Wal-Mart Plans To Layoff Thousands of Employees If Federal Minimum Wage Is Raised

BENTONVILLE, Arkansas – Wal-Mart To Layoff Thousands of Employees If Federal Minimum Wage Is Raised

Expect even longer lines at Wal-Mart this holiday season if the federal minimum wage is raised, as Wal-Mart executives say they plan to lay off thousands of workers if the bill finally makes it through congress.

Douglas McMillion says, “It’s the only way we will be able to keep our costs low, while keeping the Walton family in the lifestyle they have grown accustomed to. They are in the midst of building a new addition to the family bunker. They need to be prepared to fend off the welfare horde when the inevitable economic collapse happens, and government aid dries up. In fact, everyone should be preparing for this. We have great deals on bottled water and ammo, and you’d be wise to take advantage of these low, low prices while you can.”

Recently workers have organized strikes, demanding fifteen dollars an hour. Store manager, April Ranger says, “It’s ridiculous. Wal-Mart pays a livable wage, and most of the staff is barely worth the $7.25 we give them anyway. Plus they get a 10% discount on everything they could possibly need for their families, and we give them just enough hours so that they can still receive hundreds of dollars in state aid.”

While many claim, they will stop going to Wal-Mart in support of the workers, that is easier said than done. Economist Bill Mason says, “Wal-Mart killed all competition, and now that the Main Street USA is dead, you have no choice but to spend your measly earnings at Wal-Mart. If minimum wage goes up, either costs go up, or companies downsize to compensate for having to spend more on unskilled labor. You think CEOs and shareholders will take the hit?”

Daughter of Sam Walton, Alice Walton also remarked, “Fifteen dollars an hour? Do we really need to pay cashiers more than public school teachers? This is a job anyone can get and anyone can do. It’s really too bad we can’t outsource it to India. Those people would kiss my high heels and call me Buddha for $7.25 an hour.”

 

Wal-Mart Laying Off Cashiers; Customers Must Use Self-Checkout Or Pay Fee

BENTONVILLE, Arkansas – Wal-Mart Laying Off Cashiers; Customers Must Use Self-Checkout Or Pay Fee

A Wal-Mart spokesperson has announced that the chain will be doing away with the majority of their cashiers and front-end staff in an attempt to further automate the check-out process. Shoppers will still be able to use an employee-manned register, but will be charged a ten percent convenience fee for doing so.

“We have gotten a lot of bad press recently about the wages we pay our employees. In light of this, we have decided to automate more of the functions in our Supercenters, which will alleviate some of the positions that are receiving this ‘insufficient pay’ that you’ve been reading about,” said Bill Harley, a representative for Wal-Mart Stores, Inc.

In total, Wal-Mart plans to lay off ninety percent of their cashier workforce. Most Supercenters are already equipped with self-checkout technology, and the plan is to double the number of machines they already have and almost totally eliminate the human element from their stores.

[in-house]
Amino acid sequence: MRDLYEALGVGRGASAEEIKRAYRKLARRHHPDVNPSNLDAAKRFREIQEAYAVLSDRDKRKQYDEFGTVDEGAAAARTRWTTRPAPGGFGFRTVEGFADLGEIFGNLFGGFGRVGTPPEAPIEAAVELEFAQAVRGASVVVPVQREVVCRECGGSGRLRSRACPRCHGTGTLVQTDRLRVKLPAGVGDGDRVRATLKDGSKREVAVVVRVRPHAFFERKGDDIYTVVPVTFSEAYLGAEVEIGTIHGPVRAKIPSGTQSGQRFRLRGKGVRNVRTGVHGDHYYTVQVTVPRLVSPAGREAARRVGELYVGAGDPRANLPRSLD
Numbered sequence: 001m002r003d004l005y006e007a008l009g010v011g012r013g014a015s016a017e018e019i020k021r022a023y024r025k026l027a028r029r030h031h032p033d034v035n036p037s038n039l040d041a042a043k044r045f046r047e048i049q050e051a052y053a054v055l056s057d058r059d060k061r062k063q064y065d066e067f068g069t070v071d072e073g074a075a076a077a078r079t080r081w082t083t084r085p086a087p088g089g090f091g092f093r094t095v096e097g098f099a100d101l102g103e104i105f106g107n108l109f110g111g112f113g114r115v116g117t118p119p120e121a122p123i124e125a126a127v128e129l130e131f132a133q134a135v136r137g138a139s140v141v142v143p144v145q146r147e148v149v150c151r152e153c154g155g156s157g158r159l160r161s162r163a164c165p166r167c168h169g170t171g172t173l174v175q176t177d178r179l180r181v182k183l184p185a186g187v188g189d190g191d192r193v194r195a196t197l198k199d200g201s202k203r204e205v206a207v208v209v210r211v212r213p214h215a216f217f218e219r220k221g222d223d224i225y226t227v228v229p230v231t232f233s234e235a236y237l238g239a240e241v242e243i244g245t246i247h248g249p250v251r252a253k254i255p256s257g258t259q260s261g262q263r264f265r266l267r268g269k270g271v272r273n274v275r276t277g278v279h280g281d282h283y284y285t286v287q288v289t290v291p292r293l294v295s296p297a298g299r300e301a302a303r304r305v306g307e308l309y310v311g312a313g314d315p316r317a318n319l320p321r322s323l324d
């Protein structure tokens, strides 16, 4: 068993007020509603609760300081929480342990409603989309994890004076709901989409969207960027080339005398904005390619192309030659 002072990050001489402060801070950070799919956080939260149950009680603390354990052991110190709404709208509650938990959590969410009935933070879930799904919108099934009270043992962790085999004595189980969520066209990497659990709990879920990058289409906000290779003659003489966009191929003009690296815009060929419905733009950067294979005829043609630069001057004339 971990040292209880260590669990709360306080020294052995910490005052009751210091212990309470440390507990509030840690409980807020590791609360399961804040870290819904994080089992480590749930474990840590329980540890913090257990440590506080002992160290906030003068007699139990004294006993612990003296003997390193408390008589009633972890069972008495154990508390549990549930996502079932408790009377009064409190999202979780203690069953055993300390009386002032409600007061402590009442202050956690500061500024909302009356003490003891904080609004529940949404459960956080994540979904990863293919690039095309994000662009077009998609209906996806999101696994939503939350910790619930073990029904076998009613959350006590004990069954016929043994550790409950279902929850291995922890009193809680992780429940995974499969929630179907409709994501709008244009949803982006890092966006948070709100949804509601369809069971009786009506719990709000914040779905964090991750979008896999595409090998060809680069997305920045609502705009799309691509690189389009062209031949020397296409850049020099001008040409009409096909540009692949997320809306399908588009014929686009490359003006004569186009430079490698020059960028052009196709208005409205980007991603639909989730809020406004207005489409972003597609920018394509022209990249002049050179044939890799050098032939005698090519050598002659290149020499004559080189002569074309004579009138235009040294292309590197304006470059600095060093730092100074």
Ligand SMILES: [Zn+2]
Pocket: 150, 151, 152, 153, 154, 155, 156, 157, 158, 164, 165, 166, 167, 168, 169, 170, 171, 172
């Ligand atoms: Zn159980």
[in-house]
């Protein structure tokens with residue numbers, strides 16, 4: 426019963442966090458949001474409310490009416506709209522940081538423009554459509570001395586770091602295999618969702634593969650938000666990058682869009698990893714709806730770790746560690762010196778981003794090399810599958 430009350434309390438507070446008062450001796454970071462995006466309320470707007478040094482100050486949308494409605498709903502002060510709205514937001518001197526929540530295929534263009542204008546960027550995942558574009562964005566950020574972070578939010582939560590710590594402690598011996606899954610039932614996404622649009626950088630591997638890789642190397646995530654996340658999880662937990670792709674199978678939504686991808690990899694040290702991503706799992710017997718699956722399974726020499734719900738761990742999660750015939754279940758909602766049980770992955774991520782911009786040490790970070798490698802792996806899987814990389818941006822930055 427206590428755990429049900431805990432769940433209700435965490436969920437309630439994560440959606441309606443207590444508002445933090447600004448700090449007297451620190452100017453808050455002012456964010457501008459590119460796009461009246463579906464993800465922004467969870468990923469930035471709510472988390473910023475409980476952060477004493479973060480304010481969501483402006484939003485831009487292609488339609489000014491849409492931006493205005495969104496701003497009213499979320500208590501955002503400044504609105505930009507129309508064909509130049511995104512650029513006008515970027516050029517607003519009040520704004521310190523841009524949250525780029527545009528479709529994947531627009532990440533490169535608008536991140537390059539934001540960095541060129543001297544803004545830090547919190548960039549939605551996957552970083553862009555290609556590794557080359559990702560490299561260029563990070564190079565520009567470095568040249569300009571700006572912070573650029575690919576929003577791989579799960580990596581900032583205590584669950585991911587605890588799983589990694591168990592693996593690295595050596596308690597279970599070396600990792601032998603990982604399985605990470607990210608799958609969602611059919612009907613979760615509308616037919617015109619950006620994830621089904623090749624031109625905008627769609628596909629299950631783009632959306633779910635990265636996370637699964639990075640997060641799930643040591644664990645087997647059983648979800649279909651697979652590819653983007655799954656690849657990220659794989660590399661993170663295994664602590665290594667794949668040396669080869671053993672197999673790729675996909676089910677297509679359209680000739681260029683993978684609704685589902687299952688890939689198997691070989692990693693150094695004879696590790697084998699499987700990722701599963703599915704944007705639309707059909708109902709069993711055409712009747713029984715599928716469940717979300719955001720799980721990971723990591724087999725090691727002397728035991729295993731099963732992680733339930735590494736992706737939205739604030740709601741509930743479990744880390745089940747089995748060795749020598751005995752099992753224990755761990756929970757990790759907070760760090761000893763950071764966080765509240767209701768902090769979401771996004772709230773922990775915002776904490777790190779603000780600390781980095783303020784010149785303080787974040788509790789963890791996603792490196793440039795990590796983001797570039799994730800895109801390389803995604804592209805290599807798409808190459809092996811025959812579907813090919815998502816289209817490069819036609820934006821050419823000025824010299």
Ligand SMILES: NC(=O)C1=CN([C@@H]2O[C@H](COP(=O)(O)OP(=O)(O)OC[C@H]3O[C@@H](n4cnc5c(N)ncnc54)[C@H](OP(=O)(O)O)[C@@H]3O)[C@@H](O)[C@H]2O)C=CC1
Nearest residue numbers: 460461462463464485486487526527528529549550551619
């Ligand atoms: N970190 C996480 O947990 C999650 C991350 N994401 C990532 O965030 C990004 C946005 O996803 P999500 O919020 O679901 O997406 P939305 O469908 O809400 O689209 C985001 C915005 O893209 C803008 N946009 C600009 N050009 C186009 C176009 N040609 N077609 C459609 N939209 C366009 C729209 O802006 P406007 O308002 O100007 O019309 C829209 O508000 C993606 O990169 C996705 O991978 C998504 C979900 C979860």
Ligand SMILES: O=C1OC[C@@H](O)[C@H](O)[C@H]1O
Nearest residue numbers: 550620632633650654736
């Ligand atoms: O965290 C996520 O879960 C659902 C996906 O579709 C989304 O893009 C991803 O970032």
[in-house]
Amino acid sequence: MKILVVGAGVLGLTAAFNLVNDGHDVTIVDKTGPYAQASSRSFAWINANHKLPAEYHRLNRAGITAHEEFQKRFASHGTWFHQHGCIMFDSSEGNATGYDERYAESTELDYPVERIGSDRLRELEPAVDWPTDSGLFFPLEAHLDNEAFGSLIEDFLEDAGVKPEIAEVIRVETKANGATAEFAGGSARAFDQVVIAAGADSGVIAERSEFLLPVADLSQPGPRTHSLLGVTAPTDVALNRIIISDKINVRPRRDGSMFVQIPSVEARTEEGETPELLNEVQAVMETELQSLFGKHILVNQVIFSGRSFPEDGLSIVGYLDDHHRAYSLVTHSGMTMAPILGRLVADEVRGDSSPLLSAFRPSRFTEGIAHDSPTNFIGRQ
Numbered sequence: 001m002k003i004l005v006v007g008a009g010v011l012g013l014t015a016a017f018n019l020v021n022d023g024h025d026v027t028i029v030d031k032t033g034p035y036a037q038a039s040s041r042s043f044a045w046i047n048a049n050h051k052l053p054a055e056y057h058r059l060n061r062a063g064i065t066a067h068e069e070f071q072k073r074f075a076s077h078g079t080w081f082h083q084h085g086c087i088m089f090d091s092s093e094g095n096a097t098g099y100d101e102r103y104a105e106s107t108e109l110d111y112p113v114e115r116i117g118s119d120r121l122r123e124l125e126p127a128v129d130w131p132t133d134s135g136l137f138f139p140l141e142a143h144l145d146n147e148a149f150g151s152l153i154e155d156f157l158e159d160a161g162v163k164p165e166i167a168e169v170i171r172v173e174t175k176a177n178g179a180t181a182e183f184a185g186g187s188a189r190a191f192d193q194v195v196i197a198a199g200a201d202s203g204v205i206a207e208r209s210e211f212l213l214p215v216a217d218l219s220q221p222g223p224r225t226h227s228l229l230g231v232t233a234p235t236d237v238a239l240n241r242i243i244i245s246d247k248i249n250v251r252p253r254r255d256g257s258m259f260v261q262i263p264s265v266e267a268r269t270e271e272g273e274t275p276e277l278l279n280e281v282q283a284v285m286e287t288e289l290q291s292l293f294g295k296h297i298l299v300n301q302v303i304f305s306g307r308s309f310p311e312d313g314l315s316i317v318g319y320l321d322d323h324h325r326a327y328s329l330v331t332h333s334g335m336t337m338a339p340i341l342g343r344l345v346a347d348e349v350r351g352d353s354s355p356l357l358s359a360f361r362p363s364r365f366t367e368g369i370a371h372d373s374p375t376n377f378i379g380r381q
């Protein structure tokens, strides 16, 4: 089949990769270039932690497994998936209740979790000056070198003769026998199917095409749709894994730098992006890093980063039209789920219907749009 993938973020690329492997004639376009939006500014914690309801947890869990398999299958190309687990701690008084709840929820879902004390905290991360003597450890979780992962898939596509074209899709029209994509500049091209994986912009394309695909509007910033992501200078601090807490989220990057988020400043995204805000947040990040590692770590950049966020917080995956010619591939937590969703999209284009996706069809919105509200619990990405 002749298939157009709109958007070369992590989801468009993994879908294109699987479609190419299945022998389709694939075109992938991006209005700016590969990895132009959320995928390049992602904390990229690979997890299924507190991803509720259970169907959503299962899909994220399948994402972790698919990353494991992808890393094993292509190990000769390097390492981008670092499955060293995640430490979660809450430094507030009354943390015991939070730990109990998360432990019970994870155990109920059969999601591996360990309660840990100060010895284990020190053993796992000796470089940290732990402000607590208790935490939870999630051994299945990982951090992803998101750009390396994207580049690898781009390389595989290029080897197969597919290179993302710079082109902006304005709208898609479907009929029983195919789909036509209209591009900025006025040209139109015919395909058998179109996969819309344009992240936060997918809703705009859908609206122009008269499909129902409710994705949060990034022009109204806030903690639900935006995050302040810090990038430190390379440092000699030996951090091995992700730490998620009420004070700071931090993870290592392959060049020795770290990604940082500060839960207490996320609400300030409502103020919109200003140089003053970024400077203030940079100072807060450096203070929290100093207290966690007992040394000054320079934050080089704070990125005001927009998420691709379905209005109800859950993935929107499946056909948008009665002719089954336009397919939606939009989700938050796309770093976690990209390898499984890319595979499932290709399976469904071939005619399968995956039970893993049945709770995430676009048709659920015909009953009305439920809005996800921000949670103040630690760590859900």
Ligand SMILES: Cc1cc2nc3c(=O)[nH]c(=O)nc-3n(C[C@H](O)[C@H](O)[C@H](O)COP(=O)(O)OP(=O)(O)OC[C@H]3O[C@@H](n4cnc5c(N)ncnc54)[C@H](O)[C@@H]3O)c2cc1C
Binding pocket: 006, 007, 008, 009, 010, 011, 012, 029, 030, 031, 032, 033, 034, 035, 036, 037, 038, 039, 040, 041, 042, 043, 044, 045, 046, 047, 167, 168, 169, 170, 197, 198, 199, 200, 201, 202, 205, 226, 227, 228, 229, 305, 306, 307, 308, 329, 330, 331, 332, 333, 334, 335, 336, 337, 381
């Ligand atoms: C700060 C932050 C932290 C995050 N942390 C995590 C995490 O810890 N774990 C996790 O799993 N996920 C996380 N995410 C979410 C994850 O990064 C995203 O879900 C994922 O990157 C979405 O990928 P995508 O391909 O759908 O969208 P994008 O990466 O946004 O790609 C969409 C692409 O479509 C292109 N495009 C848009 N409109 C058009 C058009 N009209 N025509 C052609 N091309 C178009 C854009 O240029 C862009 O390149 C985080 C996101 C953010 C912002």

While the company feels that the move is both inevitable and a great way to cut payroll and insurance expenses, employees see it differently. Mary Ann Waltrip, a Wal-Mart employee of five years, is very angry about the announcement.

“This company would be nothing without their employees. We built this thing. It was our labor, our dedication, that made it possible for a little chain from Arkansas to grow into this giant. This is how they repay us? They cut us off like a tumor at the first opportunity? They cannibalized us. They used us for our backs and our livelihood, and now they are casting us aside.”

Employees aren’t the only ones feeling alienated by the shift in policy. Customers are agitated by the prospect of choosing between a machine that doesn’t have the best record of user-friendliness, or paying a fee to use a service that used to be free. Jim Bob Devereaux, a longtime Wal-Mart shopper, says he is considering a switch.

“Hell, I figure we pay for the cashiers when we buy their products. I ain’t using no damn computer to buy my goods. Next thing you know, they’ll be tracking my purchases and telling the government about how many boxes of bullets I bought this month. That’s none of their damn business. If Wal-Mart wants to treat customers and employees like we aren’t important, I’ll buy my bullets somewhere else.”

Wal-Mart has fielded some of the criticism for the new direction they are heading.

“When we employed all these people, all they did was complain about their jobs. Now that they are out of work, they vilify us for letting them go. When you are as big as we are as a company, there will be criticism no matter which course you take; so in this case, we are taking the course that will save us millions of dollars. If our former employees had valued their jobs, they could have kept them by not exposing us to so much bad publicity. You can’t bite the hand that feeds and expect to keep eating.”

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